by Rafaela Prifti/
The start of Women’s History Month serves as a reminder of an ongoing campaign to elevate the voices of women. “To honor women across the globe, we must ensure that they are not only celebrated, but also supported,” says Nathalia Fernández, who is running for the office of the Bronx Borough President.
Fifty years ago, women’s history was not part of the K-12 curriculum or in the general public consciousness, according to records of the National Women’s History Alliance. To address this situation, the Education Task Force of the Sonoma County, California, Commission on the Status of Women initiated a “Women’s History Week” celebration in 1978.
The intention was to observe the week of March 8th – International Women’s Day. Dozens of schools planned special programs for Women’s History Week and numerous community women participated in special presentations in classrooms throughout the country. At the end of the week a celebratory parade was held in downtown Santa Rosa, California.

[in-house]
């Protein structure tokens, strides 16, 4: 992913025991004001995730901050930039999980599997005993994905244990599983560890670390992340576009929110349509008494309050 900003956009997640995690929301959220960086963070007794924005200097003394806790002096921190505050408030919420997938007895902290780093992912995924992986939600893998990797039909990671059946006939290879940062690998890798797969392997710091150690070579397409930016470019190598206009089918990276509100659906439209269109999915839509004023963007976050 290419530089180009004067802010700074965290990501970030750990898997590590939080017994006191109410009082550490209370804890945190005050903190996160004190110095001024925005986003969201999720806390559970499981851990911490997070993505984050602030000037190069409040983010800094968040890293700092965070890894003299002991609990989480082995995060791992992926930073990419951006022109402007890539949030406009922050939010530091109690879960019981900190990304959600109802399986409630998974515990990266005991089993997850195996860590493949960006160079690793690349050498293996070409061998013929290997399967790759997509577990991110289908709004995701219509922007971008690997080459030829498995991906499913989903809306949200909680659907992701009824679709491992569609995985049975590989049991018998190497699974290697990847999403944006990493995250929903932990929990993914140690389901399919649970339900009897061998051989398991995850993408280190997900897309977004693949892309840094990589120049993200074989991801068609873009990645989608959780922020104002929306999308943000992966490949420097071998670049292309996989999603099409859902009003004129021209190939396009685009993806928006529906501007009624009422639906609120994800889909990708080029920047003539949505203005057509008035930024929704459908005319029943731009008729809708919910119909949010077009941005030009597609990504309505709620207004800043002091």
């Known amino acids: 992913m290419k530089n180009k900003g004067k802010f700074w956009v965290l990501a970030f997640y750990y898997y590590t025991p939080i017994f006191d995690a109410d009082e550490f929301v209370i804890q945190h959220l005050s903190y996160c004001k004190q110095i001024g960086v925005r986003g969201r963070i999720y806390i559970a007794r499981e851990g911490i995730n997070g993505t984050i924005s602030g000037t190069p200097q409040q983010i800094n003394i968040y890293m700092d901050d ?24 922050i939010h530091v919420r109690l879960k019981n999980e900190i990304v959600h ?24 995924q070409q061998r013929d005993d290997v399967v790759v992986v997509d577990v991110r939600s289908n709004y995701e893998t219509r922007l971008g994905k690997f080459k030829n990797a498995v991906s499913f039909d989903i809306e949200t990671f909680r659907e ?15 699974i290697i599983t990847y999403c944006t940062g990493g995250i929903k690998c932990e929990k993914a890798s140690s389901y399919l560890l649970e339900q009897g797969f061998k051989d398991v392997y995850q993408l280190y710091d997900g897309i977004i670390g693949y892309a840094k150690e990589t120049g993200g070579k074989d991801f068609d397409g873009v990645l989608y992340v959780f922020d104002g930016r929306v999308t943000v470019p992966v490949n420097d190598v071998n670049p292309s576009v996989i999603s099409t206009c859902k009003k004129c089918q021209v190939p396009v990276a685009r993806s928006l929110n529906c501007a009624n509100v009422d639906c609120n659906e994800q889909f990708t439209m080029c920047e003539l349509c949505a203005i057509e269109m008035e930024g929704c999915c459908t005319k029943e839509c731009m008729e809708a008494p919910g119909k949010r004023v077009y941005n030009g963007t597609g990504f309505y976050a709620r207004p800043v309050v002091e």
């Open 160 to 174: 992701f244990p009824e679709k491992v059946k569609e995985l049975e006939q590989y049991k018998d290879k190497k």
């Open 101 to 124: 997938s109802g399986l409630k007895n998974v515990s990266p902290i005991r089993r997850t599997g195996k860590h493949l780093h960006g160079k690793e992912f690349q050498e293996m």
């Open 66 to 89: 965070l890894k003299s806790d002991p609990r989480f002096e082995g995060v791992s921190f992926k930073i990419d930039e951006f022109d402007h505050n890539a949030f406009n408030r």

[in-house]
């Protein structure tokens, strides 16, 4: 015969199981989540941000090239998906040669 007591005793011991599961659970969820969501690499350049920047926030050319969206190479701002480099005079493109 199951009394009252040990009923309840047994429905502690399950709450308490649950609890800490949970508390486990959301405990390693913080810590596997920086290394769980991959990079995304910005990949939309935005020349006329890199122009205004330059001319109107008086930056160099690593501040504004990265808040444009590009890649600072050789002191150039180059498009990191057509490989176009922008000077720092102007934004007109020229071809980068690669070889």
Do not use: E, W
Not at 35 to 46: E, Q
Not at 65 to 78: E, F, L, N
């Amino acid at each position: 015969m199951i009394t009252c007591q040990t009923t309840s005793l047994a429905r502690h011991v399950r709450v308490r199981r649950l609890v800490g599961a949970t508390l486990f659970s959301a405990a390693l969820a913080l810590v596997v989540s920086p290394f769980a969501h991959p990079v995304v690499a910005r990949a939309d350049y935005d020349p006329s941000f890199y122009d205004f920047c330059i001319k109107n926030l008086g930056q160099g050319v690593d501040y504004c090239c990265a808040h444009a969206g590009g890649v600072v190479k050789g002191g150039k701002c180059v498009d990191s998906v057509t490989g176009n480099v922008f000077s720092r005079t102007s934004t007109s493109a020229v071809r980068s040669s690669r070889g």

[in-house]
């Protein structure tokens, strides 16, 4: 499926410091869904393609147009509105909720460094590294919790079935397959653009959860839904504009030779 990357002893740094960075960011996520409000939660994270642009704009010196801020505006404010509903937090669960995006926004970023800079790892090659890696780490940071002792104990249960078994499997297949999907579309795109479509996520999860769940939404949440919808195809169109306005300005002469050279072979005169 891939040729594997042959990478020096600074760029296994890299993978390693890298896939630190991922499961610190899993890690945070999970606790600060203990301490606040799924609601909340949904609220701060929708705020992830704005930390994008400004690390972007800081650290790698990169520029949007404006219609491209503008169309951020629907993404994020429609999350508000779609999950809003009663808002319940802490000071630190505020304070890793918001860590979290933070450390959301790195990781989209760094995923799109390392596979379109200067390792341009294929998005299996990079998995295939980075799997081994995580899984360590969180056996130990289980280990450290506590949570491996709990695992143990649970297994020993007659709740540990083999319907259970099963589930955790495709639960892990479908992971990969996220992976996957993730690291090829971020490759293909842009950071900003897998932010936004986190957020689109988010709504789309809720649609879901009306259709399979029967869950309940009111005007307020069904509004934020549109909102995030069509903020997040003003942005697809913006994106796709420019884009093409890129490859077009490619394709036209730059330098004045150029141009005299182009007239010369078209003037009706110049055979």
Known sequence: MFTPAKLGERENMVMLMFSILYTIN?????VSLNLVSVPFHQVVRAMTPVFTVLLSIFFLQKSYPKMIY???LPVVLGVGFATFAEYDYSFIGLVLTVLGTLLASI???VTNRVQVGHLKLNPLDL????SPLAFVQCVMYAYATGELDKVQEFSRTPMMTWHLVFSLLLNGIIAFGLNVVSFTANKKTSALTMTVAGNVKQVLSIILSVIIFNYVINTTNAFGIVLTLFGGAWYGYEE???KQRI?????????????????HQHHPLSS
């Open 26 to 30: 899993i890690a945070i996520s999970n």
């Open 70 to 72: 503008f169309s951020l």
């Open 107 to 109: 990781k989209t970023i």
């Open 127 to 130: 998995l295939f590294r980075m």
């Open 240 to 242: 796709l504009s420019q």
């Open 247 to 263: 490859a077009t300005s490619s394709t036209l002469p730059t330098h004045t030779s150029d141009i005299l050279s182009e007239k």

The success of the Sonoma County’s Women’s History Week initiated similar celebrations in organizations, communities, and school districts. They all joined in agreement to support an effort to secure a “National Women’s History Week.”
The historical records reveal that in February 1980 President Carter issued the first Presidential Proclamation declaring the Week of March 8th as National Women’s History Week.
The Presidential support prompted lobbying efforts on a national scale. “State Departments of Education encouraged celebrations of National Women’s History Week as an effective means to achieving equity goals within classrooms,” notes the website of National Women’s History Alliance. States like New York, Maryland, Pennsylvania, Oregon, and others developed and distributed curriculum materials for all of their public schools. Encouraged by resolutions from governors, city councils, school boards, and the U.S. Congress, thousands of schools and communities were celebrating the event. Through the years, the growing efforts of hundreds of educational and women’s organizations was spearheaded by the National Women’s History Alliance. Thanks to increased lobbying, in 1987, Congress declared March as National Women’s History Month in perpetuity. A special Presidential Proclamation is issued every year which honors the extraordinary achievements of American women.